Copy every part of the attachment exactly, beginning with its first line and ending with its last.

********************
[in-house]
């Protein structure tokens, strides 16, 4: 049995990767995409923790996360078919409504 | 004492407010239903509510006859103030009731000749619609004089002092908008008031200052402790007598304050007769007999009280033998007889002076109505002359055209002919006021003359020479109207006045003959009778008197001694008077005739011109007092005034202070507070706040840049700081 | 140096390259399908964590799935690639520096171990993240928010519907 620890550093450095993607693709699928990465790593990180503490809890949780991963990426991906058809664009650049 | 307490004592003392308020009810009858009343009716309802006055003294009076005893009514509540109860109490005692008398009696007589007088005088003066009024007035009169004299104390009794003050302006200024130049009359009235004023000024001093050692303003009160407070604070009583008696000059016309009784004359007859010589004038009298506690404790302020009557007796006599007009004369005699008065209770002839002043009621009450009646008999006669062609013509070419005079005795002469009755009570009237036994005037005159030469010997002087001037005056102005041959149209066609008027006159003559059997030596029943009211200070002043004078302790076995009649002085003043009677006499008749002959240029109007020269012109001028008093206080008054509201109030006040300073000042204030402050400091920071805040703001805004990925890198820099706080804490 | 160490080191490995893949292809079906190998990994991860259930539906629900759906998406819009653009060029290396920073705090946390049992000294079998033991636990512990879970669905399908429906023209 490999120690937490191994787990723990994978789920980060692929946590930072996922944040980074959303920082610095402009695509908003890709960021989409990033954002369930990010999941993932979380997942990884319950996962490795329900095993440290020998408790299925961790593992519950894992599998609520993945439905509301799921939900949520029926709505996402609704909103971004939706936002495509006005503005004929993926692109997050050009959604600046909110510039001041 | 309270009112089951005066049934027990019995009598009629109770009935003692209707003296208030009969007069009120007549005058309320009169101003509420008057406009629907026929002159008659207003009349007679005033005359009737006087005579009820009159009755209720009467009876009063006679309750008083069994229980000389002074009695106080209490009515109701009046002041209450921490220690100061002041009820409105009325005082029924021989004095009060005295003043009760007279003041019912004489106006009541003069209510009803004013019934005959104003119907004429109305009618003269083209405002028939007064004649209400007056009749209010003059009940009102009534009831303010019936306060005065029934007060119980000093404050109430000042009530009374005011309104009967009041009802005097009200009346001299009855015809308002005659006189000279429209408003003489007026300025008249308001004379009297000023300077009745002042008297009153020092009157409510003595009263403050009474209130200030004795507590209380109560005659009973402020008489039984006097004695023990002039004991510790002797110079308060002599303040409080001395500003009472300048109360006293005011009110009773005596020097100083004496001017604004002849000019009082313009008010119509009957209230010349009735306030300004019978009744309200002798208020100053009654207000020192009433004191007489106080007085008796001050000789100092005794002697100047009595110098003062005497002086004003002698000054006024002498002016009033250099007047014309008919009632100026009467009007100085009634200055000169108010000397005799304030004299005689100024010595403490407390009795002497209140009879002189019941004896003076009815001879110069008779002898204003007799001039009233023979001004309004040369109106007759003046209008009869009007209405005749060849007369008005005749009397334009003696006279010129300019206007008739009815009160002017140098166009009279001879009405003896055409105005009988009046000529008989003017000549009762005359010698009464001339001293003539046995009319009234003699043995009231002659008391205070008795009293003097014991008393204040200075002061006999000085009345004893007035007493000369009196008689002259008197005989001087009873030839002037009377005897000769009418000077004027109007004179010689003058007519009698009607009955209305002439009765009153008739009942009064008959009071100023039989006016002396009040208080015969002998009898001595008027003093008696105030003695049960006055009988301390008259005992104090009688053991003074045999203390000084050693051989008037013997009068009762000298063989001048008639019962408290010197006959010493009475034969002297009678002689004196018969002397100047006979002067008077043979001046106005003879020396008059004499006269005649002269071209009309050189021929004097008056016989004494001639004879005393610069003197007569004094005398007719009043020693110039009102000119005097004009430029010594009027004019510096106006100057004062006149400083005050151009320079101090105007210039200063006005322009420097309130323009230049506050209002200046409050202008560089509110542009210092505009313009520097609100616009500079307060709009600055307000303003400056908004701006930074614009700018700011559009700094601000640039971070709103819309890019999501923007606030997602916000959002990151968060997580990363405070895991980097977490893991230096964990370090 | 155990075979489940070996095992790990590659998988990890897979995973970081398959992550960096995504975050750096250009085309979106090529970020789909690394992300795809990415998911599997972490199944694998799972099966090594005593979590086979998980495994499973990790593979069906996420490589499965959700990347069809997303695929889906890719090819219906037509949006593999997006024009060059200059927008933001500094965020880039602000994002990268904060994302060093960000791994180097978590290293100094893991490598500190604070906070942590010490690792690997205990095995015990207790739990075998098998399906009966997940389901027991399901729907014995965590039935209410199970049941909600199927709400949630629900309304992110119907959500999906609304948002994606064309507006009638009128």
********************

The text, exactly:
[in-house]
């Protein structure tokens, strides 16, 4: 049995990767995409923790996360078919409504 | 004492407010239903509510006859103030009731000749619609004089002092908008008031200052402790007598304050007769007999009280033998007889002076109505002359055209002919006021003359020479109207006045003959009778008197001694008077005739011109007092005034202070507070706040840049700081 | 140096390259399908964590799935690639520096171990993240928010519907 620890550093450095993607693709699928990465790593990180503490809890949780991963990426991906058809664009650049 | 307490004592003392308020009810009858009343009716309802006055003294009076005893009514509540109860109490005692008398009696007589007088005088003066009024007035009169004299104390009794003050302006200024130049009359009235004023000024001093050692303003009160407070604070009583008696000059016309009784004359007859010589004038009298506690404790302020009557007796006599007009004369005699008065209770002839002043009621009450009646008999006669062609013509070419005079005795002469009755009570009237036994005037005159030469010997002087001037005056102005041959149209066609008027006159003559059997030596029943009211200070002043004078302790076995009649002085003043009677006499008749002959240029109007020269012109001028008093206080008054509201109030006040300073000042204030402050400091920071805040703001805004990925890198820099706080804490 | 160490080191490995893949292809079906190998990994991860259930539906629900759906998406819009653009060029290396920073705090946390049992000294079998033991636990512990879970669905399908429906023209 490999120690937490191994787990723990994978789920980060692929946590930072996922944040980074959303920082610095402009695509908003890709960021989409990033954002369930990010999941993932979380997942990884319950996962490795329900095993440290020998408790299925961790593992519950894992599998609520993945439905509301799921939900949520029926709505996402609704909103971004939706936002495509006005503005004929993926692109997050050009959604600046909110510039001041 | 309270009112089951005066049934027990019995009598009629109770009935003692209707003296208030009969007069009120007549005058309320009169101003509420008057406009629907026929002159008659207003009349007679005033005359009737006087005579009820009159009755209720009467009876009063006679309750008083069994229980000389002074009695106080209490009515109701009046002041209450921490220690100061002041009820409105009325005082029924021989004095009060005295003043009760007279003041019912004489106006009541003069209510009803004013019934005959104003119907004429109305009618003269083209405002028939007064004649209400007056009749209010003059009940009102009534009831303010019936306060005065029934007060119980000093404050109430000042009530009374005011309104009967009041009802005097009200009346001299009855015809308002005659006189000279429209408003003489007026300025008249308001004379009297000023300077009745002042008297009153020092009157409510003595009263403050009474209130200030004795507590209380109560005659009973402020008489039984006097004695023990002039004991510790002797110079308060002599303040409080001395500003009472300048109360006293005011009110009773005596020097100083004496001017604004002849000019009082313009008010119509009957209230010349009735306030300004019978009744309200002798208020100053009654207000020192009433004191007489106080007085008796001050000789100092005794002697100047009595110098003062005497002086004003002698000054006024002498002016009033250099007047014309008919009632100026009467009007100085009634200055000169108010000397005799304030004299005689100024010595403490407390009795002497209140009879002189019941004896003076009815001879110069008779002898204003007799001039009233023979001004309004040369109106007759003046209008009869009007209405005749060849007369008005005749009397334009003696006279010129300019206007008739009815009160002017140098166009009279001879009405003896055409105005009988009046000529008989003017000549009762005359010698009464001339001293003539046995009319009234003699043995009231002659008391205070008795009293003097014991008393204040200075002061006999000085009345004893007035007493000369009196008689002259008197005989001087009873030839002037009377005897000769009418000077004027109007004179010689003058007519009698009607009955209305002439009765009153008739009942009064008959009071100023039989006016002396009040208080015969002998009898001595008027003093008696105030003695049960006055009988301390008259005992104090009688053991003074045999203390000084050693051989008037013997009068009762000298063989001048008639019962408290010197006959010493009475034969002297009678002689004196018969002397100047006979002067008077043979001046106005003879020396008059004499006269005649002269071209009309050189021929004097008056016989004494001639004879005393610069003197007569004094005398007719009043020693110039009102000119005097004009430029010594009027004019510096106006100057004062006149400083005050151009320079101090105007210039200063006005322009420097309130323009230049506050209002200046409050202008560089509110542009210092505009313009520097609100616009500079307060709009600055307000303003400056908004701006930074614009700018700011559009700094601000640039971070709103819309890019999501923007606030997602916000959002990151968060997580990363405070895991980097977490893991230096964990370090 | 155990075979489940070996095992790990590659998988990890897979995973970081398959992550960096995504975050750096250009085309979106090529970020789909690394992300795809990415998911599997972490199944694998799972099966090594005593979590086979998980495994499973990790593979069906996420490589499965959700990347069809997303695929889906890719090819219906037509949006593999997006024009060059200059927008933001500094965020880039602000994002990268904060994302060093960000791994180097978590290293100094893991490598500190604070906070942590010490690792690997205990095995015990207790739990075998098998399906009966997940389901027991399901729907014995965590039935209410199970049941909600199927709400949630629900309304992110119907959500999906609304948002994606064309507006009638009128």